In this chapter we continue developing the general symmetry formalism that we started developing in the preceding chapter. Here we study the theory and practice of the application of symmetry in science. The practice is based on the symmetry principle, stating roughly that the effect is at least as symmetric as the cause, and the theory is the proof of that principle. The proof starts with a discussion of the concept of causal relation, followed by a clarification of certain points concerning the nature of science, from which we are led to the equivalence principle, stating roughly that equivalent causes imply equivalent effects. The symmetry principle follows almost immediately from the equivalence principle. In the application of symmetry in science the symmetry principle can be used in two ways: minimalistically, to set a lower bound on the symmetry of the effect, and maximalistically, to set an upper bound on the symmetry of the cause. Numerous examples are presented. The application of symmetry in quantum systems is briefly discussed.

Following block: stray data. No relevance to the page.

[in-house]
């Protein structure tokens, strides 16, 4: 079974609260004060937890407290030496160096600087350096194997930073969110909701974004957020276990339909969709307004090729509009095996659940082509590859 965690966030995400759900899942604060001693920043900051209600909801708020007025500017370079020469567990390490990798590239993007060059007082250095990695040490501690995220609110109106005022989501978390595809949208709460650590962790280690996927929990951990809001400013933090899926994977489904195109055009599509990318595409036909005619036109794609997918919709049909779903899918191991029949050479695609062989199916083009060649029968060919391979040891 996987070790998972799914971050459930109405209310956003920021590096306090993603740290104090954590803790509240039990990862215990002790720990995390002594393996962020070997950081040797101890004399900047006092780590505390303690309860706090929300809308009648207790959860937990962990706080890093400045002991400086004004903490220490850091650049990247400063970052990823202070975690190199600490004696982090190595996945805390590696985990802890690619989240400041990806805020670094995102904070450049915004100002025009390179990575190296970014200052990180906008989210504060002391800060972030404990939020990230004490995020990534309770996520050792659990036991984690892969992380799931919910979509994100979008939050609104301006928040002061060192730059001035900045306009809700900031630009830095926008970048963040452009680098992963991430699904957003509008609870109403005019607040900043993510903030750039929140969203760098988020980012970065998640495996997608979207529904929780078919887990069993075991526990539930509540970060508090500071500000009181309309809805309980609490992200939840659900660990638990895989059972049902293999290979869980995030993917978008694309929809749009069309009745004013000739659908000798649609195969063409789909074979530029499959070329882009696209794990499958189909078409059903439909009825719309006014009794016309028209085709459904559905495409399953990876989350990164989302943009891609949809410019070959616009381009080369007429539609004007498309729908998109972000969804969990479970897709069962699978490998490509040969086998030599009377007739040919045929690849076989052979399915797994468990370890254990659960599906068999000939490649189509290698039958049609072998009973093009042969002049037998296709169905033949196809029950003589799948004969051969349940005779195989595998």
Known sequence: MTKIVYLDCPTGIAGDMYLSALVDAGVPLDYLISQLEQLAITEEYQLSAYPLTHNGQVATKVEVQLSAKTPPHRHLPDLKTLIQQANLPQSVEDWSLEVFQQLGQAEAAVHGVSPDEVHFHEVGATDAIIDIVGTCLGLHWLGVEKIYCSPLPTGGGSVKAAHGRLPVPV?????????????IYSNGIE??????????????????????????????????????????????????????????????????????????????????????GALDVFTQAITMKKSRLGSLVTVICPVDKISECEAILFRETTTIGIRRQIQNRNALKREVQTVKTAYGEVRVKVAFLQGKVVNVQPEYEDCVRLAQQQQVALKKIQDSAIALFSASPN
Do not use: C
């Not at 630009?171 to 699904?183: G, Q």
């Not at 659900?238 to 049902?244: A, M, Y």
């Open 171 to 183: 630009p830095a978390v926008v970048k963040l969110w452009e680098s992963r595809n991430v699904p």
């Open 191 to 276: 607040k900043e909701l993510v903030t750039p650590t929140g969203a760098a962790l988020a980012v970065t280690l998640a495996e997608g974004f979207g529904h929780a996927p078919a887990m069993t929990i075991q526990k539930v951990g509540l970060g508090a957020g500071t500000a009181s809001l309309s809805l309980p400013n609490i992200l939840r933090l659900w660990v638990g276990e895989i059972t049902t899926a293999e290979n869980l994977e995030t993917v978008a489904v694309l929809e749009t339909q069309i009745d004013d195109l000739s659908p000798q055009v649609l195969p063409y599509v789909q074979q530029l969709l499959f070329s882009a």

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Copyright information

© Springer-Verlag New York, Inc. 1995

Authors and Affiliations

  • Joseph Rosen
    • 1
    • 2
  1. 1.Department of Physics and AstronomyUniversity of Central ArkansasConwayUSA
  2. 2.School of Physics and AstronomyTel-Aviv UniversityTel-AvivIsrael

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